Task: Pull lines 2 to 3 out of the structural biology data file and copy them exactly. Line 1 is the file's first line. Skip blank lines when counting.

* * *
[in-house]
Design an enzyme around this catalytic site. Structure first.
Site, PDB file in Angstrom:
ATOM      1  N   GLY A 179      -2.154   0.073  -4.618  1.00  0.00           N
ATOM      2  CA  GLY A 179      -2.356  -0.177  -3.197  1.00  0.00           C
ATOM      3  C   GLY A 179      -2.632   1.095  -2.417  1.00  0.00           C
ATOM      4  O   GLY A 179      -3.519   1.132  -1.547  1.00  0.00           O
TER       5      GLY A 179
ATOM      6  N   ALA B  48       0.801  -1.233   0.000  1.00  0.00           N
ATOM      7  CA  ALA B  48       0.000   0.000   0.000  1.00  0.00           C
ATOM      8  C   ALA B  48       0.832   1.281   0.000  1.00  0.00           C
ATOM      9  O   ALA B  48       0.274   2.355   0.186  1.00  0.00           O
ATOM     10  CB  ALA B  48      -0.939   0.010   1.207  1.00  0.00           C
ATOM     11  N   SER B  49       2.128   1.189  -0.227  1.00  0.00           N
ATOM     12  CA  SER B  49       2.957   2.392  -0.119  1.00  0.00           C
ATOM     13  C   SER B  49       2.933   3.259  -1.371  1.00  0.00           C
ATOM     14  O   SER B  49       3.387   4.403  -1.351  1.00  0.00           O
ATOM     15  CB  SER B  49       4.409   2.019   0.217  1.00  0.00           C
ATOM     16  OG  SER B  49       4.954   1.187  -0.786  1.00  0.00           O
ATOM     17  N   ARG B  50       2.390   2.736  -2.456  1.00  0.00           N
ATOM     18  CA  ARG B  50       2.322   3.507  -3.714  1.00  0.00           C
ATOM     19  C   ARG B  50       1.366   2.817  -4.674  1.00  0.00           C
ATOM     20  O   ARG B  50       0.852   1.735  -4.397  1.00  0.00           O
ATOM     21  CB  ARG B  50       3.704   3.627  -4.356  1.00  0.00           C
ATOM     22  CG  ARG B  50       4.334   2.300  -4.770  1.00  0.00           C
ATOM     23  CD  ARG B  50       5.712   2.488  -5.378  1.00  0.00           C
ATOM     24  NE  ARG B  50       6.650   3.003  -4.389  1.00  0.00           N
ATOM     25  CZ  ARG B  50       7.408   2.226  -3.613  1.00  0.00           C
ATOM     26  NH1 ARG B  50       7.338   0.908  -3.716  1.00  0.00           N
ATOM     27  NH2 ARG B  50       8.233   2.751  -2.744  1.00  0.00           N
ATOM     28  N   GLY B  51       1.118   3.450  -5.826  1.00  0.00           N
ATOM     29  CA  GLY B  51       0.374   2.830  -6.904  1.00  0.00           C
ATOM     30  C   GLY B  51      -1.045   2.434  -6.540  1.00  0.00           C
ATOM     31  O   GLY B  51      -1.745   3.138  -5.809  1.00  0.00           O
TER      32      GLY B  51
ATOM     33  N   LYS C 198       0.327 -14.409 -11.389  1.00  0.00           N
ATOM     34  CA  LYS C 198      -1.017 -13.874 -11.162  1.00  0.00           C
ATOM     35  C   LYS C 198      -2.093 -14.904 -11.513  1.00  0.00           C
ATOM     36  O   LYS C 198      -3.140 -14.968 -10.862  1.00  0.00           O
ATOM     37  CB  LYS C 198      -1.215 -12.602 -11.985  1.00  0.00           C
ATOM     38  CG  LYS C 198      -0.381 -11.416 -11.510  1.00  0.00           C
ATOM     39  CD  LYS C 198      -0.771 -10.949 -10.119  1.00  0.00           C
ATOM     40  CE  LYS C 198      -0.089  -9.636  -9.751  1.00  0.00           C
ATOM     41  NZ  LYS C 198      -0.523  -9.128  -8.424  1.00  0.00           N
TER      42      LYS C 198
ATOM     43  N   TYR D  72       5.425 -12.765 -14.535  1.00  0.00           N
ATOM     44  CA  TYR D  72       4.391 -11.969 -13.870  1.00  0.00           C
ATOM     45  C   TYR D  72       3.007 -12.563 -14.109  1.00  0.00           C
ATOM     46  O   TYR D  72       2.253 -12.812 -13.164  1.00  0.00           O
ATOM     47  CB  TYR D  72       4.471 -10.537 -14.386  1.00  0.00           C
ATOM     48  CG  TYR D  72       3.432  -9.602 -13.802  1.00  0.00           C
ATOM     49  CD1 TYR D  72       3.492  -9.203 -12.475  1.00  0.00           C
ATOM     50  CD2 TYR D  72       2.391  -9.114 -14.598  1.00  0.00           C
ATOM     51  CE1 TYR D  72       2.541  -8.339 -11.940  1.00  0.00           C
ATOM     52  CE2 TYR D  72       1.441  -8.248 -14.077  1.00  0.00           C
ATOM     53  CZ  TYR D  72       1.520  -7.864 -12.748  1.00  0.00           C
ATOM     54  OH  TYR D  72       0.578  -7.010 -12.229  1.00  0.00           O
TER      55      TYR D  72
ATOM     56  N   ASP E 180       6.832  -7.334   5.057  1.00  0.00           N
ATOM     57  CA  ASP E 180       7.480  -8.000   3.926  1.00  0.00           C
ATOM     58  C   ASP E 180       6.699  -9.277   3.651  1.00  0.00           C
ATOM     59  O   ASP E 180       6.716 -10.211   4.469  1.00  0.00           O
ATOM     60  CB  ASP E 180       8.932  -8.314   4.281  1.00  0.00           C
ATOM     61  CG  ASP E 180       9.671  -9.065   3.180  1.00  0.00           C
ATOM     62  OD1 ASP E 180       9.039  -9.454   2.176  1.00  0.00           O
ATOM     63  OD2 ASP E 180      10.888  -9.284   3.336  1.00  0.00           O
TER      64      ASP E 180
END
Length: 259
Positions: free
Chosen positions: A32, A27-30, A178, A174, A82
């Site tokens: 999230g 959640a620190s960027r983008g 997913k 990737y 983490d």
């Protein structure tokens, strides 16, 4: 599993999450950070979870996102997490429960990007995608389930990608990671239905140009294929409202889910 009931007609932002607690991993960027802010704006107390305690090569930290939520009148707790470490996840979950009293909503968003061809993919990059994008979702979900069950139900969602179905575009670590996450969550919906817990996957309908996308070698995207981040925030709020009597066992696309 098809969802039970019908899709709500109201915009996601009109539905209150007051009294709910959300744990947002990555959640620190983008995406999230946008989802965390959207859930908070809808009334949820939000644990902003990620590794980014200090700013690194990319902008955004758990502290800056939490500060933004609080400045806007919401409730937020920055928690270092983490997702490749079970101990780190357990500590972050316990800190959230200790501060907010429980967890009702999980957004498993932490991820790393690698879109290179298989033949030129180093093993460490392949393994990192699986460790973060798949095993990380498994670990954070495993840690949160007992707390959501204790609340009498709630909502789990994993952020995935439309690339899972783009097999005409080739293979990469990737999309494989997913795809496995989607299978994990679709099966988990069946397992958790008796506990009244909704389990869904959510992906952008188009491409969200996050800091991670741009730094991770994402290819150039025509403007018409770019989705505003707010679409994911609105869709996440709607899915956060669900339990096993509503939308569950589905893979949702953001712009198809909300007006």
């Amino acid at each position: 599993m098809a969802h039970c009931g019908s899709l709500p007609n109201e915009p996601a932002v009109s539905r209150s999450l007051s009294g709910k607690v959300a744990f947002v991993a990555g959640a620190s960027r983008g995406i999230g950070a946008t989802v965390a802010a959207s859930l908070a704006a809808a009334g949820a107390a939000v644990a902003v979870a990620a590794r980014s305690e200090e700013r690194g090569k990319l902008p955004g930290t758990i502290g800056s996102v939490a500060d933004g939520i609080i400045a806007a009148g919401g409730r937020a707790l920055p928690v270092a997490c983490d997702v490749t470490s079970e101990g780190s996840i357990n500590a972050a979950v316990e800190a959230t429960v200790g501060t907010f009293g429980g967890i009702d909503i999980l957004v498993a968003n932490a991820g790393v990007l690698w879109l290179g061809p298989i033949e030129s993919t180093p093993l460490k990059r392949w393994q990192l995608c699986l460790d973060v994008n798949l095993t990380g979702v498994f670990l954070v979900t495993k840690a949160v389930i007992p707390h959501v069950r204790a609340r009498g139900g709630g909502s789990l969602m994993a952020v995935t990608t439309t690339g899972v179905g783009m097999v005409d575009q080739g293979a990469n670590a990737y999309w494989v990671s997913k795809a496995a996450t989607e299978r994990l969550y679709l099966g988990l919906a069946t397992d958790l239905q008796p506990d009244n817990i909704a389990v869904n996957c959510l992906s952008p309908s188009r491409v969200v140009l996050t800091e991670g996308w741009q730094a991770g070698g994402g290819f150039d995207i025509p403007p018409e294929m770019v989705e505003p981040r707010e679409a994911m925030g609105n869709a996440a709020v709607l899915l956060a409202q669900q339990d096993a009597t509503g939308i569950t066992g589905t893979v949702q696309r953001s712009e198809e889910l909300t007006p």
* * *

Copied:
Design an enzyme around this catalytic site. Structure first.
Site, PDB file in Angstrom: